There were numerous interesting takeaways from the Wolfe Research Auto Conference in Detroit, including revealing insights into recent shifts amongst U.S. New Vehicle Buyers (there may be less risk to industry mix than we perceived), the trajectory of battery costs, insights into Powertrain plans being made by Auto OEMs, and revelations on the Ride-Share business model. All of these have long term implications.
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After 2.5 frenetic days at CES, we’d report the following key takeaways: 1) Multiple industry leaders are acknowledging (primarily behind the scenes) that deployment of Level 4 / 5 Autonomous Driving technology without safety drivers is farther away than most public targets. At the same time, demand for consumer-targeted safety / convenience systems (primarily Level 2+) continues to accelerate. 2) Reinforcement of the narrative that the next generation of high-volume internal combustion engine / transmission families will be the last one for many automakers.
The Market is bracing for challenges as we transition to 2019, including lower Auto Production (particularly in China and Europe during 1H19), higher Rates (which raise concerns about Mix, Pricing), the strong U.S. Dollar, Regulatory Content, unpredictable Government Policy/Tariffs, the burden of increased Spending on Technology with uncertain returns, and in some cases discontinued passenger car products.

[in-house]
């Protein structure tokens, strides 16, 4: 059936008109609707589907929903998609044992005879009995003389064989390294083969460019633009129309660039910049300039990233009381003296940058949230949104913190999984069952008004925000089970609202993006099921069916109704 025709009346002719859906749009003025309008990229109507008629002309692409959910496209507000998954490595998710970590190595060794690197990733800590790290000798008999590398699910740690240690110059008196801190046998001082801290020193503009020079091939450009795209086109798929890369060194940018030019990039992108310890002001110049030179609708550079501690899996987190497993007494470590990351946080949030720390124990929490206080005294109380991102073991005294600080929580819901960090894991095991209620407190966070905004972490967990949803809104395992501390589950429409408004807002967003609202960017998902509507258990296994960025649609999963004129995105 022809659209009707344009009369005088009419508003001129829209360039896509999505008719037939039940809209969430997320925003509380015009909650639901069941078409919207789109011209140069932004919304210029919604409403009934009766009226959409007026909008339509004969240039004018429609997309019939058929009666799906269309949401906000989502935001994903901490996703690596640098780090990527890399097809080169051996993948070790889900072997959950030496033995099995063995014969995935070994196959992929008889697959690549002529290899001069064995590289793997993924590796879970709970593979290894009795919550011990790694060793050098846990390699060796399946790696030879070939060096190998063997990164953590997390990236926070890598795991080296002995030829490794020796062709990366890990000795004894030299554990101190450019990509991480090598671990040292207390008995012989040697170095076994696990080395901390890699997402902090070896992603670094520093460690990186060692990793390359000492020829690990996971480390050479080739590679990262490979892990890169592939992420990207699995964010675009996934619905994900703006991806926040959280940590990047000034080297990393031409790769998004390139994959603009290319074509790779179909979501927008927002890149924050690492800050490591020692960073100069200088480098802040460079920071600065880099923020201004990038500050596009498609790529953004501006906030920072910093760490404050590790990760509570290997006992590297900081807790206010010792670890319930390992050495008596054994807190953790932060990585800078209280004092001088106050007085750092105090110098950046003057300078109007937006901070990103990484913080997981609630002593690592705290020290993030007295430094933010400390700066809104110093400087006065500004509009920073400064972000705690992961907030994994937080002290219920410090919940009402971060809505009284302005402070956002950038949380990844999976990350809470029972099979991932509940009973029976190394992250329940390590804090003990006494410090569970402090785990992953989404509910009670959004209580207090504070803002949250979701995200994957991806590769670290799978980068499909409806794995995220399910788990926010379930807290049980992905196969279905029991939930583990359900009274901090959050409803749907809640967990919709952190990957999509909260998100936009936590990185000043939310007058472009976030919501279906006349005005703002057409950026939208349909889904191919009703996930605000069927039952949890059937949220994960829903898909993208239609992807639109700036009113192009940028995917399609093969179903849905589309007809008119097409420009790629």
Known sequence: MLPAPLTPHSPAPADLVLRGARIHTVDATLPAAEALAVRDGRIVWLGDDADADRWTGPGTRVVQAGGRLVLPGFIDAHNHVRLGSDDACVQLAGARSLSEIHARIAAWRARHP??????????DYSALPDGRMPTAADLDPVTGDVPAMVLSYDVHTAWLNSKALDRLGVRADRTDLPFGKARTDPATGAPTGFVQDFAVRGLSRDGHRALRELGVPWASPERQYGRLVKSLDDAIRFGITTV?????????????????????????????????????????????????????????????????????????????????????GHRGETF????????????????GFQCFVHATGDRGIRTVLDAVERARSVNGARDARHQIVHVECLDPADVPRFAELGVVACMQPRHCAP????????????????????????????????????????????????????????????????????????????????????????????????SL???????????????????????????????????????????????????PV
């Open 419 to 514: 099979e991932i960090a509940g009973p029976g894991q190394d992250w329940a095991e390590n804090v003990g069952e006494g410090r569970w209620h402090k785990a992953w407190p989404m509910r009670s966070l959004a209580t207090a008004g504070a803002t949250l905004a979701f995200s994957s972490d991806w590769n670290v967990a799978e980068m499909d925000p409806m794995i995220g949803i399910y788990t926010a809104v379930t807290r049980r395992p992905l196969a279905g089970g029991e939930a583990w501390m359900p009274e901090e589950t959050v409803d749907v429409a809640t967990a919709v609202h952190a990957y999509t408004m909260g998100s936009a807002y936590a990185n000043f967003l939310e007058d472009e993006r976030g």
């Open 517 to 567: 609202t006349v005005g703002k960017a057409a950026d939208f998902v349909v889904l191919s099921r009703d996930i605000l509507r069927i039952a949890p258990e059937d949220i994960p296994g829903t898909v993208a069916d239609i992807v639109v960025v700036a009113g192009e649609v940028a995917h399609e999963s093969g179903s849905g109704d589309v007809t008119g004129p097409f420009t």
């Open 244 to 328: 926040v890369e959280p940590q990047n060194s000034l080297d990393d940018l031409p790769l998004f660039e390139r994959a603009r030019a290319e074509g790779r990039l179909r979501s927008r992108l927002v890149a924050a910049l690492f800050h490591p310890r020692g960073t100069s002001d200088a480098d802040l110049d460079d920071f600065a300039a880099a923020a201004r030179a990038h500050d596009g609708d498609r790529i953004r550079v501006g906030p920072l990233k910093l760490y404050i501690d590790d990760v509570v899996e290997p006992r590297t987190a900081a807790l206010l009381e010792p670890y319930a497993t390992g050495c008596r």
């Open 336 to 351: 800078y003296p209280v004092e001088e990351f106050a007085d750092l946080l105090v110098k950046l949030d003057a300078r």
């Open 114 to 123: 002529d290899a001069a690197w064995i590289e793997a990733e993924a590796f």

Most major U. S. OEMs and Suppliers will provide 2019 guidance in mid- to late-January… at our Detroit Auto Show Conference (Jan 15-16), or when they deliver Q4 earnings late January/early February. Management teams are pulling these forecasts together now. And they are doing so amid an unusually large number of market uncertainties (i.e. China, Europe, and NA production; company specific concerns for Ford (China, UK), JLR (China, UK), GM (discontinuing models), and local Chinese OEMs (declining at a double-digit rate in their domestic market). Based on our discussions with Industry Management teams we suspect that most will incorporate an extra dose of conservatism into their 2019 Guides. We are fine-tuning our estimates for Lear, Visteon, and Autoliv as we intend to take the same tack (e.g. today, we are fine-tuning our 2019 net new business backlog estimates, initially provided in early 2018, to reflect updated market and FX assumptions). See pages 3-6 for more details.
The current auto sales run rate in China, if sustained, would imply a 10% sales/production decline in 2019. Europe won’t be easy either, as production headwinds spill into 1H19. The U.S. has been relatively strong, but we remain concerned about affordability headwinds. Given these uncertainties, we question why OEM/Supplier margin expectations are up from 2nd half 2018 levels.